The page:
Date
28 May 2018
A Hong Kong government report showed that more people were living in sub-divided housing units in 2016 than before, with the number of such units estimated at nearly 93,000. Photo: Bloomberg
A Hong Kong government report showed that more people were living in sub-divided housing units in 2016 than before, with the number of such units estimated at nearly 93,000. Photo: Bloomberg

Nearly 210,000 lived in subdivided units in 2016: govt data

Hong Kong had around 210,000 people living in the so-called subdivided units (SDUs), extremely small living spaces that were created by partitioning regular flats, in 2016, with the bulk of the dwellers of those cramped units under the age of 45, according to a government report.

The “2016 Population By-census Thematic Report: Persons Living in Subdivided Units”, which was released by the Census and Statistics Department on Thursday, showed there were about 92,700 SDUs existing in some 27,100 quarters in Hong Kong, indicating that each of those quarters was subdivided into 3.4 SDUs on average.

Based on estimations that these SDUs accommodated some 91,800 households and that the average household size was 2.3 people, there were about 209,700 people living in SDUs in 2016, up from 195,500 seen in a previous survey in 2014.

The report found that 56.9 percent of the SDUs were in Kowloon, followed by the New Territories (23.6 percent) and Hong Kong Island (19.5 percent). District Council areas with a larger number of SDUs included Yau Tsim Mong (21,500), Sham Shui Po (15,400), Kowloon City (9,000), Eastern (8,400) and Tsuen Wan (6,600).

In terms of age group, 28.4 percent of those living in SDUs were aged below 25, while 39.4 percent were in the 25-44 age group. Together they accounted more than half of the total. Twenty-four percent were aged 45-64 and those aged 65 and over accounted for 8.2%, the Hong Kong Economic Journal reports.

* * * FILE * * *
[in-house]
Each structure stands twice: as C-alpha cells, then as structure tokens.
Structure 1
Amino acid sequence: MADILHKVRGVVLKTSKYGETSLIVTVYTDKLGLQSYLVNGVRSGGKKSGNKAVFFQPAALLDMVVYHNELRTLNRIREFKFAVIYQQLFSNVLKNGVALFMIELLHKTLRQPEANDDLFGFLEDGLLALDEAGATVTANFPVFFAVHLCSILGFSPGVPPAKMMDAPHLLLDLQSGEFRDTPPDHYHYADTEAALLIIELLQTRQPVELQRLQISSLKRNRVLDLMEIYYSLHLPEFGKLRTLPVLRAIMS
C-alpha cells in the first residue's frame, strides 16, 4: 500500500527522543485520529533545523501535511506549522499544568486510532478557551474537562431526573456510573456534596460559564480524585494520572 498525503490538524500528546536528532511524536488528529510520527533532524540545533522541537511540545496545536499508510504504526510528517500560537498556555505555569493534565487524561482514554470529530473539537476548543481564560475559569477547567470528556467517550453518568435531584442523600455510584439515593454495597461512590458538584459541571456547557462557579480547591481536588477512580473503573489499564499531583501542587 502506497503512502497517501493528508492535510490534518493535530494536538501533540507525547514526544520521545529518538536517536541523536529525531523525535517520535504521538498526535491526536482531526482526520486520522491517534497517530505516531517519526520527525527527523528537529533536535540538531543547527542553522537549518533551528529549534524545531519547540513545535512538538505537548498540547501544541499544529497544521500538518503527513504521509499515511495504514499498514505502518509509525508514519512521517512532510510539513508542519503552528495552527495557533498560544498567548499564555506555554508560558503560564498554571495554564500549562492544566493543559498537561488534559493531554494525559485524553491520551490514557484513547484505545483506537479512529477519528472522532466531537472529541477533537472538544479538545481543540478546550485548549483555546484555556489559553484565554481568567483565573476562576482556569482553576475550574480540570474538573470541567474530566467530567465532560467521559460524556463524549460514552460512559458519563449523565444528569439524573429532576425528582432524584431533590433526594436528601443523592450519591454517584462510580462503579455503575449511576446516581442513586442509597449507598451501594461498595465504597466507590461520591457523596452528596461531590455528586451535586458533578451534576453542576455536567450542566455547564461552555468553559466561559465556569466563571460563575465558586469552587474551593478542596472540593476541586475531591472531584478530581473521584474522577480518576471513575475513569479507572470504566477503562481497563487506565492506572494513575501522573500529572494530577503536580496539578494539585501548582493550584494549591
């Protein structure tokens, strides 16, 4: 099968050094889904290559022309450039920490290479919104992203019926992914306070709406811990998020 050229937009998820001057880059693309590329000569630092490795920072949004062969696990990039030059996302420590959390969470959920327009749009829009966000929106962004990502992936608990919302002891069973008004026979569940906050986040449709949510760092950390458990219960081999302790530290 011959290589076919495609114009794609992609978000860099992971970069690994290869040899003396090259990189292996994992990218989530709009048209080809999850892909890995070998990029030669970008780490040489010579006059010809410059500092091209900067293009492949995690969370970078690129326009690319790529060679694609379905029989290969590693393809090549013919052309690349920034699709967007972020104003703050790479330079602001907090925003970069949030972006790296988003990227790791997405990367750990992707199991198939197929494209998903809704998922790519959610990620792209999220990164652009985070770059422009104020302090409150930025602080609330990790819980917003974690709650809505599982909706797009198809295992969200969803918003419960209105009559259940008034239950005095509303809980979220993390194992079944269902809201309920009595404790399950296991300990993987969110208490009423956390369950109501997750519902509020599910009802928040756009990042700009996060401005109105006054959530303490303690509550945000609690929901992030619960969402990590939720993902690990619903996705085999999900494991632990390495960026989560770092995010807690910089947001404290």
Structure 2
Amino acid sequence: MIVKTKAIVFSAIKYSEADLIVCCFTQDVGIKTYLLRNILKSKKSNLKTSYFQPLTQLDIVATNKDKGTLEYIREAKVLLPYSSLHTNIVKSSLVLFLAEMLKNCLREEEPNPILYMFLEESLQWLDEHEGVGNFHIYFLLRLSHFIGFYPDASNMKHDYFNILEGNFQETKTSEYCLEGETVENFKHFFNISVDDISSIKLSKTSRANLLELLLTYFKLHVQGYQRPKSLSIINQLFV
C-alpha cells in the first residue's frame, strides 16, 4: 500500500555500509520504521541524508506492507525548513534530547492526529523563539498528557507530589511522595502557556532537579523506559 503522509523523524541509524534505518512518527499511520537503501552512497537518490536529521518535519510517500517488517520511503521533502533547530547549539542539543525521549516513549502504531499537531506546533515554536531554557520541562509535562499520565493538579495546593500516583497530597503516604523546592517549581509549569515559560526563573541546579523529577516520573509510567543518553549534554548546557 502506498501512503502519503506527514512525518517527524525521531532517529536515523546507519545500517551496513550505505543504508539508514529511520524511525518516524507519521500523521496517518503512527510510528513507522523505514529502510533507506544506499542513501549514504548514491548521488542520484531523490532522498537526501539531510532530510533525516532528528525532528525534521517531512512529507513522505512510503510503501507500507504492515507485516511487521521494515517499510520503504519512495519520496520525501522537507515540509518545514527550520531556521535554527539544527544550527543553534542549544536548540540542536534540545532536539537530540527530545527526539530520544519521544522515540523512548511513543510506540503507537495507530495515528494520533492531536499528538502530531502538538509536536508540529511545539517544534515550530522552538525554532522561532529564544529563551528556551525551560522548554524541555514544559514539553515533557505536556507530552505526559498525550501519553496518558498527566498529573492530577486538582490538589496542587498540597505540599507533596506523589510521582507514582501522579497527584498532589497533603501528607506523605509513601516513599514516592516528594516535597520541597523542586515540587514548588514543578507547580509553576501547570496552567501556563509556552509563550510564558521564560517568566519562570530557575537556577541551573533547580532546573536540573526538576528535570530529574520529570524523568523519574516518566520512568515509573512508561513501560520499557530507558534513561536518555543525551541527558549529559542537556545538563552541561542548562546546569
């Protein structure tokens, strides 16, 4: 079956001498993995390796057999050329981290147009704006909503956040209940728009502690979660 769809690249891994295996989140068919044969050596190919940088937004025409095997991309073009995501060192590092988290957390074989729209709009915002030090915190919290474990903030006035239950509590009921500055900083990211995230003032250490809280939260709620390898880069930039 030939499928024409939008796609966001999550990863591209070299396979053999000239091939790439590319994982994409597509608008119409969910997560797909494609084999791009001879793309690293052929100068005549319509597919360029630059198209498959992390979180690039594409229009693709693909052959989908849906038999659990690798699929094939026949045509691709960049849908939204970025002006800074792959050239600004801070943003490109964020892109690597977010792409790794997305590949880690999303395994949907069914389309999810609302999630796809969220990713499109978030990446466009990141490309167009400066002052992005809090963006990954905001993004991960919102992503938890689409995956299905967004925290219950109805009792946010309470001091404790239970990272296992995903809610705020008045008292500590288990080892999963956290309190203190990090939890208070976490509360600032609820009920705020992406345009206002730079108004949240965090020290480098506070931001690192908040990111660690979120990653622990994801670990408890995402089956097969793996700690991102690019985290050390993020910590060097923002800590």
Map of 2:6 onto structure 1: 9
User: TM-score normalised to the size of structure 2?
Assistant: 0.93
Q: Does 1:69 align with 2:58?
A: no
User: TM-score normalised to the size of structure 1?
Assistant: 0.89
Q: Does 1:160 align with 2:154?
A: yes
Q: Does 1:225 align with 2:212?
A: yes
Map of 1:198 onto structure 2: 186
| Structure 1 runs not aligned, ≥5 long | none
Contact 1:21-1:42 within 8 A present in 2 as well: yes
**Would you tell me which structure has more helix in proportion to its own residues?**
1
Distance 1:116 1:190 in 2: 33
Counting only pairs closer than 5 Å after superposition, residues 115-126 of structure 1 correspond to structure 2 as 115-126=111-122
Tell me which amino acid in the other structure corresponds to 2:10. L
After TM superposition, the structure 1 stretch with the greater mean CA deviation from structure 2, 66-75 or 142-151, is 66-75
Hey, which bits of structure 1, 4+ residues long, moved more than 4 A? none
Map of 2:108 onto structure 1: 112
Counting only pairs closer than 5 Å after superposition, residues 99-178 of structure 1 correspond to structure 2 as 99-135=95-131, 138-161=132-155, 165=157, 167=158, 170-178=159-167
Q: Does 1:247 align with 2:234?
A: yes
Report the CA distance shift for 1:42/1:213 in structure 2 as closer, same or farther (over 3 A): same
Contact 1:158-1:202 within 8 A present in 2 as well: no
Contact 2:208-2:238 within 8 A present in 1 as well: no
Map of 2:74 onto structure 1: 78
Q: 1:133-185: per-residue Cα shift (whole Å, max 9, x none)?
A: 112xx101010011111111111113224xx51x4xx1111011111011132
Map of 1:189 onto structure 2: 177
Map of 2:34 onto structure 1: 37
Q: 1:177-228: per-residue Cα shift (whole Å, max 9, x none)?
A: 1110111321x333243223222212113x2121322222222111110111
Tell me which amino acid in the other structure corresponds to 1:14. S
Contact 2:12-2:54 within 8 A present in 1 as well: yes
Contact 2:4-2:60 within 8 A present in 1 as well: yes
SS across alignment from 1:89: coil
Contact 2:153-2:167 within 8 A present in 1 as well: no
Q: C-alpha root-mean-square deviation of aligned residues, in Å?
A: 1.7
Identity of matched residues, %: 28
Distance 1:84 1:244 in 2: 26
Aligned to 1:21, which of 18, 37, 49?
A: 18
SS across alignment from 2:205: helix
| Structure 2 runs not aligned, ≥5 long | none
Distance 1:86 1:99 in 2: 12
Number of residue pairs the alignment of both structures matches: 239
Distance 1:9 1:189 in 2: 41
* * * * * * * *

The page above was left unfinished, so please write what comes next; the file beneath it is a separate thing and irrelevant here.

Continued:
Chan Wing-tung, director of Platform Concerning Subdivided Flats and Issues in Hong Kong, a non-governmental organization, questioned the accuracy of the numbers, saying he thinks the figures represent an underestimate.

Chan believes several tens of thousands of households living in the SDUs were not included in the data as similar units in industrial buildings and cubicles were not taken into account.

Another factor that is likely to have contributed to the wrong estimate is that many SDU residents may have refused to be surveyed, he said.

Chua Hoi-wai, chief executive of the Hong Kong Council of Social Service (HKCSS), pointed out the fact that the median per capita floor area of accommodation was only 5.3 square meters, smaller than the minimum standard set for public rental housing estates, which is 5.5 square meters.

This suggests many grassroots families were living in very bad environments, Chua said. The government should try to resolve the issue through various measures, including boosting the supply of transitional housing as well as public rental units, he said.

The HKCSS, a federation of non-government social service agencies, launched a flat-sharing scheme, Community Housing Movement, last year with an aim to ease Hong Kong’s tight housing supply by providing low-cost units to tenants who live in subdivided flats while waiting for public rental housing.

The goal is to solicit 500 units to be shared by 1,000 families.

In other findings, the Population By-census report unveiled Thursday showed that not all of the people who lived in subdivided flats were very poor.

Around 13,300 of the 91,800 SDU households, or close to 15 percent, had monthly incomes in excess of HK$20,000.

The occupants included many with service, sales or non-technical jobs, while some were even professionals or held managerial or civil servant jobs.

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